To our opinion we are all supposed to learn from our mistakes – and we can learn from (evaluation) studies with non-significant, so called “zero” results and from replication studies. Thus, we hope to contribute with the publication of the manuscript by Jonkman et al. to a growing body of necessary publications of “zero” results and replication studies.
Bergman LR2015Invited commentary: Developmental systems theory and the person-oriented approach. Commentary on: An interpretation of part of Gilbert Gottlieb’s legacy: Developmental systems theory contra developmental behor geneticsInternational Journal of Developmental Science91518
Catalano RF, Jonkman H2015International translational research: Promise and cautionInternational Journal of Developmental Science93336
Greenberg G2013A long way from genes to behavior. Commentary on: With Gottlieb beyond Gottlieb: The role of epigenetics in psychobiological developmentInternational Journal of Developmental Science98386
Jonkman H, Aussems C, Steketee M, Boutellier H, Cuijpers P2015Prevention of problem behours among adolescents: The impact of the communities that care strategy in the Netherlands (2008–2011)International Journal of Developmental Science93752
Lamm E2013Epigenetic mechanisms underlie genome development. Commentary on: With Gottlieb beyond Gottlieb: The role of epigenetics in psychobiological development International Journal of Developmental Science78791
Lerner RM, Batanova M, Vest Ettekal A, Hunter C2015Invited commentary: When the stars align: On the contributions of Gilbert Gottlieb and Peter C.M. Molenaar to developmental science theory and method. Commentary on: An interpretation of part of Gilbert Gottlieb’s legacy: Developmental systems theory contra developmental behor geneticsInternational Journal of Developmental Science91114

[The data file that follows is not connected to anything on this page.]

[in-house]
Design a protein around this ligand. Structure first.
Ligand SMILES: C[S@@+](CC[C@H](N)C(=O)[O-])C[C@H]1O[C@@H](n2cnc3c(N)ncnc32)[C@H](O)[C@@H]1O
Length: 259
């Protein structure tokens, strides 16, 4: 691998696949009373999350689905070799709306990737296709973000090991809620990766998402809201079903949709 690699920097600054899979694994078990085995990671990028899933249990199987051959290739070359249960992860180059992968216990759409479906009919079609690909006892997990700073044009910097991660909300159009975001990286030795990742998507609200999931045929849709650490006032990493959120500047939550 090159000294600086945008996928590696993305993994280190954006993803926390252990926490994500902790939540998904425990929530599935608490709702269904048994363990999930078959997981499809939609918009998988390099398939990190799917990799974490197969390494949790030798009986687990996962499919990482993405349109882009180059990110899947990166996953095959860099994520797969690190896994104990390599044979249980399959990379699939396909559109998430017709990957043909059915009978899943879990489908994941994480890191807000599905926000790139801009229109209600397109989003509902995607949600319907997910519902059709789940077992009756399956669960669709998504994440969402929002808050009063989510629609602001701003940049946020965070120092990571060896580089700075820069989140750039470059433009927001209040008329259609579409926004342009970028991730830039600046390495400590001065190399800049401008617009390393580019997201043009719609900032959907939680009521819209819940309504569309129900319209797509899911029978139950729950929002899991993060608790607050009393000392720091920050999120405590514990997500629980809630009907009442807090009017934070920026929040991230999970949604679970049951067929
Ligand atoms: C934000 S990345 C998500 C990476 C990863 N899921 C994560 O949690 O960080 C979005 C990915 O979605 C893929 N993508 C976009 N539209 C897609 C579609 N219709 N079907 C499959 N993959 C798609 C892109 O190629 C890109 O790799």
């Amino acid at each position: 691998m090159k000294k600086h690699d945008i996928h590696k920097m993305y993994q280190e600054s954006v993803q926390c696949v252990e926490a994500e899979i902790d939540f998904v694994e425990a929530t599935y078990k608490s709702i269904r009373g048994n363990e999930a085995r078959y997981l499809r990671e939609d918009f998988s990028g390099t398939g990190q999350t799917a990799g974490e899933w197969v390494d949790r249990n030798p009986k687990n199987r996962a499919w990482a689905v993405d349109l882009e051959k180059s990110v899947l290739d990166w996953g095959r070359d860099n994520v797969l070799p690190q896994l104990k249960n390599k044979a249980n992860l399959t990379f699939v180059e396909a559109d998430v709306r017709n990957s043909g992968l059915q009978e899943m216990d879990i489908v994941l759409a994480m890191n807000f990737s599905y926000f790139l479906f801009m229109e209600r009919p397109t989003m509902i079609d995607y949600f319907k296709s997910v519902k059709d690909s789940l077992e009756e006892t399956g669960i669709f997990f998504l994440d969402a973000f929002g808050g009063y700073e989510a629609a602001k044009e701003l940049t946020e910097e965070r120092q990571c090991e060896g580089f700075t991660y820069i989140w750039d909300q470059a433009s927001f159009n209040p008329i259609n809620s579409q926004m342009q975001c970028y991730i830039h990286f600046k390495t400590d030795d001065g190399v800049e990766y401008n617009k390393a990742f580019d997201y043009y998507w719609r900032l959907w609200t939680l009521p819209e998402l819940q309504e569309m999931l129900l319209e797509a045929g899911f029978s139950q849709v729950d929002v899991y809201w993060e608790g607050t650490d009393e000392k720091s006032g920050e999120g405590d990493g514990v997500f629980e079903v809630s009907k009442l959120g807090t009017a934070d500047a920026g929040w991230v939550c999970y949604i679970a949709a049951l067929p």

Lickliter R2013Modeling psychobiological development in the post-genomic era. Commentary on: With Gottlieb beyond Gottlieb: The role of epigenetics in psychobiological developmentInternational Journal of Developmental Science77982
Lux V2013With Gottlieb beyond Gottlieb: The role of epigenetics in psychobiological developmentInternational Journal of Developmental Science76978
Molenaar PCM2015aTarget article: An interpretation of part of Gilbert Gottlieb’s legacy: Developmental systems theory contra developmental behor geneticsInternational Journal of Developmental Science9510
Molenaar PCM2015bTo commentaries on: An interpretation of part of Gilbert Gottlieb’s legacy: Developmental systems theory contra developmental behor geneticsInternational Journal of Developmental Science92329
Tsang EWK, Kwan K-M1999Replication and theory development in organizational science: A critical realist perspectiveThe Academy of Management Review24759780
von Eye A2015Invited commentary: Who are we talking about? A discussion of Peter Molenaar’s interpretation of Gottlieb’s legacy. Commentary on: An interpretation of part of Gilbert Gottlieb’s legacy: Developmental systems theory contra developmental behor geneticsInternational Journal of Developmental Science91922